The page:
Letters from the Editor

Author: Thomas Kunkel
Publisher: Modern Library
ISBN: 0307557383
Format: PDF, ePub
Download Now
These exhilarating letters—selected and introduced by Thomas Kunkel, who wrote Genius in Disguise, the distinguished Ross biography—tell the dramatic story of the birth of The New Yorker and its precarious early days and years. Ross worries about everything from keeping track of office typewriters to the magazine's role in wartime to the exact questions to be asked for a "Talk of the Town" piece on the song "Happy Birthday." We find Ross, in Kunkel's words, "scolding Henry Luce, lecturing Orson Welles, baiting J. Edgar Hoover, inviting Noel Coward and Ginger Rogers to the circus, wheedling Ernest Hemingway— offering to sell Harpo Marx a used car and James Cagney a used tractor, and explaining to restaurateur-to-the-stars Dave Chasen, step by step, how to smoke a turkey." These letters from a supreme editor tell in his own words the story of the fierce, lively man who launched the world's most prestigious magazine. From the Hardcover edition.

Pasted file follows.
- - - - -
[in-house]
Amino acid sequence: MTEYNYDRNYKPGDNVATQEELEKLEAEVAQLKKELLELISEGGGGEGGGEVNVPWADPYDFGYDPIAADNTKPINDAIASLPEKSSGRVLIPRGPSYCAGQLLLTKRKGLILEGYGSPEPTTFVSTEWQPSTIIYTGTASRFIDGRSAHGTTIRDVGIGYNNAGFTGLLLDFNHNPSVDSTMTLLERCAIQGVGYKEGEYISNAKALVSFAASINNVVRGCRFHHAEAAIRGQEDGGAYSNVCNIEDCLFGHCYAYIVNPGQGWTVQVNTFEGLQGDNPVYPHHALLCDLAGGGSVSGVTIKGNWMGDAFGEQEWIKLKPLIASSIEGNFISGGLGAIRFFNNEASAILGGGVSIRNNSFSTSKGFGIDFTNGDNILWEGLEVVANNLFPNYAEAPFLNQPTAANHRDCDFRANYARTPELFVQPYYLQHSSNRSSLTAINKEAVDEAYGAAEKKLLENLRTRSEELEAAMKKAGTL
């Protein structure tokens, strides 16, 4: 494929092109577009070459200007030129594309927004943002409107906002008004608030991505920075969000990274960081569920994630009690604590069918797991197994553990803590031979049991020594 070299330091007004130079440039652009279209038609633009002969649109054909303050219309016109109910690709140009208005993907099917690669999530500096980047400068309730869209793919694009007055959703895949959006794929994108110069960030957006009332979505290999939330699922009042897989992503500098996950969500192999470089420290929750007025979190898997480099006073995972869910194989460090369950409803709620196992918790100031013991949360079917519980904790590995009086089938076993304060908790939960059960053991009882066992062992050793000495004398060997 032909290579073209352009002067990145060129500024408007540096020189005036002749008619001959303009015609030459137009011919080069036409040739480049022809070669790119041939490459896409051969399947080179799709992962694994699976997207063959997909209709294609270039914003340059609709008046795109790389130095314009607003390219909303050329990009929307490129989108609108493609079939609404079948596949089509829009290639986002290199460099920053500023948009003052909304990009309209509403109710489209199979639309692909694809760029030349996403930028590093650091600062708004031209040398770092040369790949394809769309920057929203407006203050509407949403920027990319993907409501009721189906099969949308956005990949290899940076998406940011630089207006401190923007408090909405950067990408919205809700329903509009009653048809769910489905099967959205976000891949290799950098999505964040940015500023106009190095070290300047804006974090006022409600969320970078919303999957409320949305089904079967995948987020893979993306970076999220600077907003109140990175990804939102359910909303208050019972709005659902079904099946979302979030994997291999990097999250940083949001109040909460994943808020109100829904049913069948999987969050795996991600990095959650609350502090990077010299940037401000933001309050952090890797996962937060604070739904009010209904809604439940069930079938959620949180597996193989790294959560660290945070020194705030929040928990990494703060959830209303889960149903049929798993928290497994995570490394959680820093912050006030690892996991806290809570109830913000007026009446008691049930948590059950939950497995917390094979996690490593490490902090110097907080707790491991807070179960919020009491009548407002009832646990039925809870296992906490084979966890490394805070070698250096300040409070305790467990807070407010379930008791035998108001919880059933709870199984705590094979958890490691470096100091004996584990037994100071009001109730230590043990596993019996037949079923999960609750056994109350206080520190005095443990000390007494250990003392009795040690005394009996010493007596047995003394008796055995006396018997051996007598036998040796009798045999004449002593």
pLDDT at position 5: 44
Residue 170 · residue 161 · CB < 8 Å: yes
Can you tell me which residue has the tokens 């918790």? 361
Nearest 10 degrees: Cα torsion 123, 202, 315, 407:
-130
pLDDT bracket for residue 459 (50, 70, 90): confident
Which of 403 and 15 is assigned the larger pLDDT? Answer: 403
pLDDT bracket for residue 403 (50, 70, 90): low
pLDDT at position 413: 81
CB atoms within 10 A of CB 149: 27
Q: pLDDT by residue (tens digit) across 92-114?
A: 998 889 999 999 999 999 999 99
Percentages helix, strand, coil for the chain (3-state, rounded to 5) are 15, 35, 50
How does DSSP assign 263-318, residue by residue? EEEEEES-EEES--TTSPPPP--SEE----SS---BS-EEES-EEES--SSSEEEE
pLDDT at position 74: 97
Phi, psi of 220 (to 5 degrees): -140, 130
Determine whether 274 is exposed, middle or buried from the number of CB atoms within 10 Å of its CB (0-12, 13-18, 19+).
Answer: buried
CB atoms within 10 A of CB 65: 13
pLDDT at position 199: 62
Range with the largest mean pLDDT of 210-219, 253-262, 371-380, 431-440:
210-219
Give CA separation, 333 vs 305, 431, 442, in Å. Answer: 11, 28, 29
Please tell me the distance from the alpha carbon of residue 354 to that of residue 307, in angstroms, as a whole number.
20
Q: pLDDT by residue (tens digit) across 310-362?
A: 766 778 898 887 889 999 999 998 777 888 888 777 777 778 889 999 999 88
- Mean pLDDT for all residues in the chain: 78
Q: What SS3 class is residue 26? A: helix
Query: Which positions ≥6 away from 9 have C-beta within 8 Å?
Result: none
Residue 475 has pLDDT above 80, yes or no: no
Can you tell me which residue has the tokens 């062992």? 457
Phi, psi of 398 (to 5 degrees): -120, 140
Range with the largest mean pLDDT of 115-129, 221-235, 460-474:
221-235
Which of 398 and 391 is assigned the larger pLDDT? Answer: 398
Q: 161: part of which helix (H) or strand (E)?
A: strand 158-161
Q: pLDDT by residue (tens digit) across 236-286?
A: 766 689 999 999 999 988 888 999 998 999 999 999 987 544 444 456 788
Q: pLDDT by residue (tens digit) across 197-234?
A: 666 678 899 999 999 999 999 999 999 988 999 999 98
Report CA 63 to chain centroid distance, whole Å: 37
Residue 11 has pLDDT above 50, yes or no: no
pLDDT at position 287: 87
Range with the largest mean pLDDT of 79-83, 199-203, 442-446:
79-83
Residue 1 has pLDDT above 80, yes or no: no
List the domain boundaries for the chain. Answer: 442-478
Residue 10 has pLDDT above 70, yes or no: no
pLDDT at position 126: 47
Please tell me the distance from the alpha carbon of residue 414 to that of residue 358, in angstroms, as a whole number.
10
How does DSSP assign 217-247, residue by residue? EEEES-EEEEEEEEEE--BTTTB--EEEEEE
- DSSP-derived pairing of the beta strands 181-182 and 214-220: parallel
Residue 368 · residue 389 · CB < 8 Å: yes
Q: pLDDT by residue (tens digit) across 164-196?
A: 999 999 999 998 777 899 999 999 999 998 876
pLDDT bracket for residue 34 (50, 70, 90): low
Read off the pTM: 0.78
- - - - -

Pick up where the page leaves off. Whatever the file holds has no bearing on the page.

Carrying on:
Reporting Always

Author: Lillian Ross
Publisher: Simon and Schuster
ISBN: 1501116029
Format: PDF
Download Now
From the inimitable New Yorker journalist Lillian Ross—“a collection of her most luminous New Yorker pieces” (Entertainment Weekly, grade: A). A staff writer for The New Yorker since 1945, Lillian Ross is one of the few journalists who worked for both the magazine’s founding editor, Harold Ross, and its current editor, David Remnick. She “made journalistic history by pioneering the kind of novelistic nonfiction that inspired later work” (The New York Times). Reporting Always is a collection of Ross’s iconic New Yorker profiles and “Talk of the Town” pieces that spans forty years. “This glorious collection by a master of the form” (Susan Orlean) brings the reader into the hotel rooms of Ernest Hemingway, John Huston, and Charlie Chaplin; Robin Williams’s living room and movie set; Harry Winston’s office; the tennis court with John McEnroe; Ellen Barkin’s New York City home, the crosstown bus with upper east side school children; and into the lives of other famous, and not so famous, individuals. “Millennials would do well to study Ross and to study her closely,” says Lena Dunham. Whether reading for pleasure or to learn about the craft, Reporting Always is a joy for readers of all ages.

Reporting at Wit s End

Author: St. Clair McKelway
Publisher: Bloomsbury Publishing USA
ISBN: 9781608191239
Format: PDF
Download Now